Okay. On the recruitment of SAPHIRA I just need to repeat what I said during the call, so we have two studies ongoing. SAPHIRA 1 and 2 both studies recruit well and in both studies we've being capable of including both patients naïve to Kalydeco and to patients that were on Kalydeco. So we have a nice mix of those two types of patients in the two studies. So that’s on the SAPHIRA.
Then opening centers in the U.S. will depend heavily on the type of design, I would assume that certain types of design lead themselves more than other. So we haven’t started that efforts in the U.S. yet, we’re talking and exploring what types of studies would be interest. But either BID that in the future Phase II/b as well might take patients or a mix of patients or can be [indiscernible] and then in two patients. And we are hopeful that the good response we've seen in Europe and Australia that we can get a similar response in the U.S. for recruitment.
Very good. Thank you.
We will now take our next question from Matthew Harrison from Morgan Stanley. Please go ahead. Your line is open.
Hi. This is [Vikram] (Ph) on for Matthew. We just had one question on enrollment again for the CF studies. Anymore specific you could provide about numbers or just how enrollment has been going specifically. I know you mentioned that has been going well, but any details that you could provide numerically or in a little more detail would be helpful?
Onno what’s getting you say on that.
Onno Van De Stolpe
Not much Piet.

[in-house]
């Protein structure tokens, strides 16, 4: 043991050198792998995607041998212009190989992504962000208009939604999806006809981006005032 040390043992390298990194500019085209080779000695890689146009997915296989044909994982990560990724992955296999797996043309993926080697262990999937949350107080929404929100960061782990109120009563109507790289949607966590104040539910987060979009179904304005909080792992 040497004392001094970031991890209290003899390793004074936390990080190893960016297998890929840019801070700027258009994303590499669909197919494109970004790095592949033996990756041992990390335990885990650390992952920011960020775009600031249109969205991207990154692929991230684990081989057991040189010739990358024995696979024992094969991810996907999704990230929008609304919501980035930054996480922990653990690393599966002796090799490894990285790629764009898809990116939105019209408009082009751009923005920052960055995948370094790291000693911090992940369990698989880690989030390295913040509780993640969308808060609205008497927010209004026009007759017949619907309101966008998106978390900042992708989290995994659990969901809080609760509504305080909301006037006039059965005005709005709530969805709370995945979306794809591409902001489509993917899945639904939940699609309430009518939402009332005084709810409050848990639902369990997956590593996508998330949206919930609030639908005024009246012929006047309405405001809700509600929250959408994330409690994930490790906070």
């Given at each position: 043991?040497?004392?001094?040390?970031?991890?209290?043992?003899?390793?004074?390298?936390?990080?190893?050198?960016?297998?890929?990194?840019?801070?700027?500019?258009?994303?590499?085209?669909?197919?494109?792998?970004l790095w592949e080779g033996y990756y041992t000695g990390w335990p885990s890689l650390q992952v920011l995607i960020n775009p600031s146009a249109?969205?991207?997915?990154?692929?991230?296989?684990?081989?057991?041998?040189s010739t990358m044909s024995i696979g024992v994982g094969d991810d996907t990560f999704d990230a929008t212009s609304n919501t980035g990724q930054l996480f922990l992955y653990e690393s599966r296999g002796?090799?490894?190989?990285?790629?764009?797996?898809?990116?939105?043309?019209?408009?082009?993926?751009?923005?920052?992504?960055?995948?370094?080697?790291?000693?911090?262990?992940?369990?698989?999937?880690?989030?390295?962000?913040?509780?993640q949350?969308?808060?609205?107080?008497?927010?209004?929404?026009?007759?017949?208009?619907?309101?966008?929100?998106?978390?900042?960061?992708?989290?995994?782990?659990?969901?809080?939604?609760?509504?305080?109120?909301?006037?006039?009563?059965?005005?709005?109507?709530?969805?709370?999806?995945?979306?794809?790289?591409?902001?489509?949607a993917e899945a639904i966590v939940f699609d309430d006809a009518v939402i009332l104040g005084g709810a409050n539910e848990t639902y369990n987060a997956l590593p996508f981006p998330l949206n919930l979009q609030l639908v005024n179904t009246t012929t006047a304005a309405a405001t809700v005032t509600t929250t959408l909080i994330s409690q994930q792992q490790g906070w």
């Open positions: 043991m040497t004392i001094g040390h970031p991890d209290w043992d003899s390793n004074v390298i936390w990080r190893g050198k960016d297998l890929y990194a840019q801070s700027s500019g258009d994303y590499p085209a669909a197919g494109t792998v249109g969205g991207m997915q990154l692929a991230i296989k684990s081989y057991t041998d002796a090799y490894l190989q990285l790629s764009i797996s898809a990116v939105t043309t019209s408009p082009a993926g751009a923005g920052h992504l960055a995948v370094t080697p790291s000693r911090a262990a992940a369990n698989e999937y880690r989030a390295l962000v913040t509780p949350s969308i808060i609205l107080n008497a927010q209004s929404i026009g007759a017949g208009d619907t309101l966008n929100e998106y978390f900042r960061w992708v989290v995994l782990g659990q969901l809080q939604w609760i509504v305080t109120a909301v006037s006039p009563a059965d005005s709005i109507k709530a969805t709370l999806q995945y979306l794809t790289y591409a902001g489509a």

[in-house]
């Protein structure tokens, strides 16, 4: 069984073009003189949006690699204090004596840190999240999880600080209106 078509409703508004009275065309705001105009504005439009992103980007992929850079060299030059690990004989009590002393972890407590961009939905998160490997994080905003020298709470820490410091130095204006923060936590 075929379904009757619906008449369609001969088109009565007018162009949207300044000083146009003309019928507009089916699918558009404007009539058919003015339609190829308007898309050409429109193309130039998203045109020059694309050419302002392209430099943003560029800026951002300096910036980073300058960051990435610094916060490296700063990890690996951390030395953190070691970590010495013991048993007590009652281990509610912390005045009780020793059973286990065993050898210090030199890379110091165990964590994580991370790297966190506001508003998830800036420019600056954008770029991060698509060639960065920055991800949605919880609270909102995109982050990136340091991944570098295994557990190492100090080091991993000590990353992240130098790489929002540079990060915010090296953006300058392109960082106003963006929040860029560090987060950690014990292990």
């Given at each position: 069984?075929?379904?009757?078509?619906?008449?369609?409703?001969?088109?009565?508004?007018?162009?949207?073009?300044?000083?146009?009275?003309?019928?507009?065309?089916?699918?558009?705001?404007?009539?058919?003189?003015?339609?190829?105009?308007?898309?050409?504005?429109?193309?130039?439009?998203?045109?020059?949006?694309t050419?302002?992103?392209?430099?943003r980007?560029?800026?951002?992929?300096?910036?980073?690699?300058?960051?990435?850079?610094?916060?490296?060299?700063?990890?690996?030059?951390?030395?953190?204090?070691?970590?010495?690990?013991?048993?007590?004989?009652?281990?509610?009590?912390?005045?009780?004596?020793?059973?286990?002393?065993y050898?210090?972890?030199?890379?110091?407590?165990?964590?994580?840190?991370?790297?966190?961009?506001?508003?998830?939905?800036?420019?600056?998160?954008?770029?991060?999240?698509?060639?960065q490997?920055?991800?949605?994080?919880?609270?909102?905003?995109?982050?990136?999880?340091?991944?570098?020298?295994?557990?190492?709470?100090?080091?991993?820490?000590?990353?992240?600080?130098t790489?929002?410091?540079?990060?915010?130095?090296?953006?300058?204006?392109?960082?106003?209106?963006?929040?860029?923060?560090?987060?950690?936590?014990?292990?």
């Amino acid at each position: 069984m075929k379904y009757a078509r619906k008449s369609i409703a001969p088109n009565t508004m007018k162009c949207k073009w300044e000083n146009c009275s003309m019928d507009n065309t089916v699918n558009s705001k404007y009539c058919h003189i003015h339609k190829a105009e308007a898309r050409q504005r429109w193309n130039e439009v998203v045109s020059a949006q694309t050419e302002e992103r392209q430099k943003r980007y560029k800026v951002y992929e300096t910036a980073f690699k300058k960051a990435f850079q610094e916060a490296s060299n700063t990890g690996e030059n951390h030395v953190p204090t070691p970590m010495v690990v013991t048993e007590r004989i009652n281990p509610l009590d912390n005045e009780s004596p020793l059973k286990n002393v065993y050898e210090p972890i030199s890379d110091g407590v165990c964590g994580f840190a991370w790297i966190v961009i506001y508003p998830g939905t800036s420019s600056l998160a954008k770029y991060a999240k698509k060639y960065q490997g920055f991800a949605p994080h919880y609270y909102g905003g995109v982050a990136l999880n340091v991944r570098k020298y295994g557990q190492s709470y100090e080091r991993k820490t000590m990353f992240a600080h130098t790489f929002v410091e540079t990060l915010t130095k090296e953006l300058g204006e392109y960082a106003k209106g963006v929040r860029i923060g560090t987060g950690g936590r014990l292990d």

So it’s a small trial, the SAPHIRA we aim for the minimum of six patients and well swiftly grow beyond that. SAPHIRA 2 as well as 51, the SAPHIRA 1 and G551D that started later, because we had Australia included, but that’s going well, as well. So our way is not currently that we want be able of included sufficient patients but they remain small and we are happy with current recruitment.
Alright. It seems that we’ve ended the interest for questions. So I really appreciate everyone’s participation today and I remind you all just like Onno said, we’re having our R&D update this year on the 15th of June at the Yale Club in New York. We’ll be starting the presentation early in the morning New York time. Our next financial results are plan for half year on July 29. So please mark that as well. Again, we thank all audience members and callers for their support and participation today and I hope you all have a great weekend. Thank you. Bye- bye.
That concludes today’s conference call. Thank you for your participations. Ladies and gentlemen you may now disconnect.